Semiconductor Manufacturing International Corporation (SMIC) has secured supply of deep ultraviolet (DUV) lithography systems from Dutch firm ASML in an amended purchase agreement worth US$1.2 billion, a move that could help ease supply chain risks for China’s chip-making champion that has been under the shadow of US sanctions.
Hong Kong-listed SMIC said in a stock filing late Wednesday that it renewed in February an existing volume purchase agreement with ASML, one of its top three foreign suppliers. The updated agreement, covering shipments of ASML’s DUV systems to SMIC, will be valid through December 31 this year, paving the way for the Chinese foundry to move forward with capacity expansion plans for its mature technology nodes.
ASML’s extreme ultraviolet (EUV) lithography systems, required for producing leading edge 5- and 7-nm node chips, were not included in the purchase agreement, according to two people familiar with the matter, who declined to be named.
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The Dutch company is still waiting for a licence from the Netherlands government to export EUV systems to China, according to a spokeswoman at ASML China.
The latest announcement comes two days after Chinese analysts cited unconfirmed reports that the US will soon ease restrictions on export licence requirements for some of SMIC’s US suppliers. Washington slapped trade sanctions on SMIC last year for its alleged ties to the Chinese military, a charge the company has repeatedly denied.
The Trump administration tried to block ASML’s exports of crucial chip-making technologies to SMIC, according to a Reuters’s report, citing sources. Under rules that have not been repealed by the Biden administration, the US Commerce Department has required SMIC’s US suppliers to apply for a licence before shipment of equipment and materials to the Shanghai-based wafer fab over national security concerns.
SMIC said the restrictions would undermine its efforts to develop advanced nodes below 10-nm.
ASML produces lithography systems used by leading global foundries and chip makers including Taiwan Semiconductor Manufacturing Company (TSMC), Samsung Electronics and Intel. These complex machines, indispensable for the chipmaking process, are also used in developing key materials used in chip manufacturing.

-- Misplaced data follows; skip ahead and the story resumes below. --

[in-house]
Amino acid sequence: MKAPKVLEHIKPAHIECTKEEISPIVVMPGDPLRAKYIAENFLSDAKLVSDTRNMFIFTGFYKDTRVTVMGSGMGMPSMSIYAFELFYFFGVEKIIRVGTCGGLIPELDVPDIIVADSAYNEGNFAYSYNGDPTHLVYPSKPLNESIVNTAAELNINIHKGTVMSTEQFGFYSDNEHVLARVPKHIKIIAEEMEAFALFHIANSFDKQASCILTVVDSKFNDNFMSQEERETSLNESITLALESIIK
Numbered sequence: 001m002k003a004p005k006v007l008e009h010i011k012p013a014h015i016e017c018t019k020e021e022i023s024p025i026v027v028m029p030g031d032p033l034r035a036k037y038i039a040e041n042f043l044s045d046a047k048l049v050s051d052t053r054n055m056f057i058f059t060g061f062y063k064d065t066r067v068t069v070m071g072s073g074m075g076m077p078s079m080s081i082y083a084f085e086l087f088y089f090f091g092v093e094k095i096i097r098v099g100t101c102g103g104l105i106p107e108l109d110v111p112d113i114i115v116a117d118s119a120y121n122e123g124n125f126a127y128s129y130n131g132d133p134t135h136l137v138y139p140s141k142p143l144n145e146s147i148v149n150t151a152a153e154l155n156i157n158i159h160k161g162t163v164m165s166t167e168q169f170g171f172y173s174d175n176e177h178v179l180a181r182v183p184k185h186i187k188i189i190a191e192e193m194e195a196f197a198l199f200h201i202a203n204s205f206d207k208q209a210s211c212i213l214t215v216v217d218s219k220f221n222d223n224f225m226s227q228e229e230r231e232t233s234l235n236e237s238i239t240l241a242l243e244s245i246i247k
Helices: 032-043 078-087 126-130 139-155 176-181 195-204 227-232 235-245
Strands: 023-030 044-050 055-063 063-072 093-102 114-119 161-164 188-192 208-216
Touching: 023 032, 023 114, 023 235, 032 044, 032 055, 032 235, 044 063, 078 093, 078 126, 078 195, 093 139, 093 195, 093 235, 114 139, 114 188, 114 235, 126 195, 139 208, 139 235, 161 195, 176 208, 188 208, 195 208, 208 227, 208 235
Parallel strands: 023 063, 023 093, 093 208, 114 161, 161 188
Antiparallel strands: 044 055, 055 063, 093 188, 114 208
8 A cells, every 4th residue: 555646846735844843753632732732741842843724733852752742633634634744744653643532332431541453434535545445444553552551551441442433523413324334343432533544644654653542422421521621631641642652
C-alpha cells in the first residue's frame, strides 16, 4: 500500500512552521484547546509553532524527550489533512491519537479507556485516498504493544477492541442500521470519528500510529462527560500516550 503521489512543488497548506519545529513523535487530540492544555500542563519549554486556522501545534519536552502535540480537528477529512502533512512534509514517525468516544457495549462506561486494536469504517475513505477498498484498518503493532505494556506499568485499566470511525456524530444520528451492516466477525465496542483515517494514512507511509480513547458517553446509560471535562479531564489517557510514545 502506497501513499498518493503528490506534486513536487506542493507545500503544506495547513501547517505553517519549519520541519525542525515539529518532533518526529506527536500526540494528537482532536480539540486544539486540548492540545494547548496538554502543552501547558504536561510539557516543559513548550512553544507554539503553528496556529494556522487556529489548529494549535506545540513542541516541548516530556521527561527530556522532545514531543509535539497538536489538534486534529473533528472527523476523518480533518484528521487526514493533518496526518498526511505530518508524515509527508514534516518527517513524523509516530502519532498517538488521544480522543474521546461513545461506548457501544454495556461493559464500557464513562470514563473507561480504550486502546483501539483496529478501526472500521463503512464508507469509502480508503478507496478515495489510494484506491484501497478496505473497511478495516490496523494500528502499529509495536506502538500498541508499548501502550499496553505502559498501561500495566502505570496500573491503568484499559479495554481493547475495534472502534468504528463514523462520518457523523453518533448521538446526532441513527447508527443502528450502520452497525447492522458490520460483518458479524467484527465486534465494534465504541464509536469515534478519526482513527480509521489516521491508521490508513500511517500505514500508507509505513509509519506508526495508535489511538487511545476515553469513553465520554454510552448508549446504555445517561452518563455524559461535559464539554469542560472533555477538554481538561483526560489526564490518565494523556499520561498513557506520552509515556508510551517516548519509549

Last year, Chinese firm Suzhou Crystal Clear Chemical bought a used, older-generation lithography system to help develop high-end photoresists amid China’s push to become more self-reliant in semiconductor processing technology.
SMIC said it plans to invest US$4.3 billion in capital expenditure this year, with most of the investment supporting the expansion of mature nodes, a move that could help ease the global chip shortage that has spilled over from the auto industry to consumer electronics.
SMIC used ASML’s DUV lithography systems to produce 14-nm chips for smartphones, including those sold by Honor, the former budget smartphone unit of Huawei Technologies Co. SMIC began volume production of 14-nm node chips in the fourth quarter of 2019, but the technology node was first introduced by Intel, TSMC and Samsung several years ago and used in the iPhone 6 and Samsung Galaxy S6.
A more advanced process node, which SMIC calls 12-nm (N+1), was also developed with ASML’s DUV technology and is aimed at low-cost consumer applications such televisions and wearables. However, to progress beyond N+1 to produce 7-nm chips to power products like budget 5G smartphones, experts say SMIC would need access to ASML’s more advanced EUV lithography systems, but US sanctions on the Chinese foundry effectively block sales of these machines despite the fact that the US government does not have direct jurisdiction over the Dutch company.
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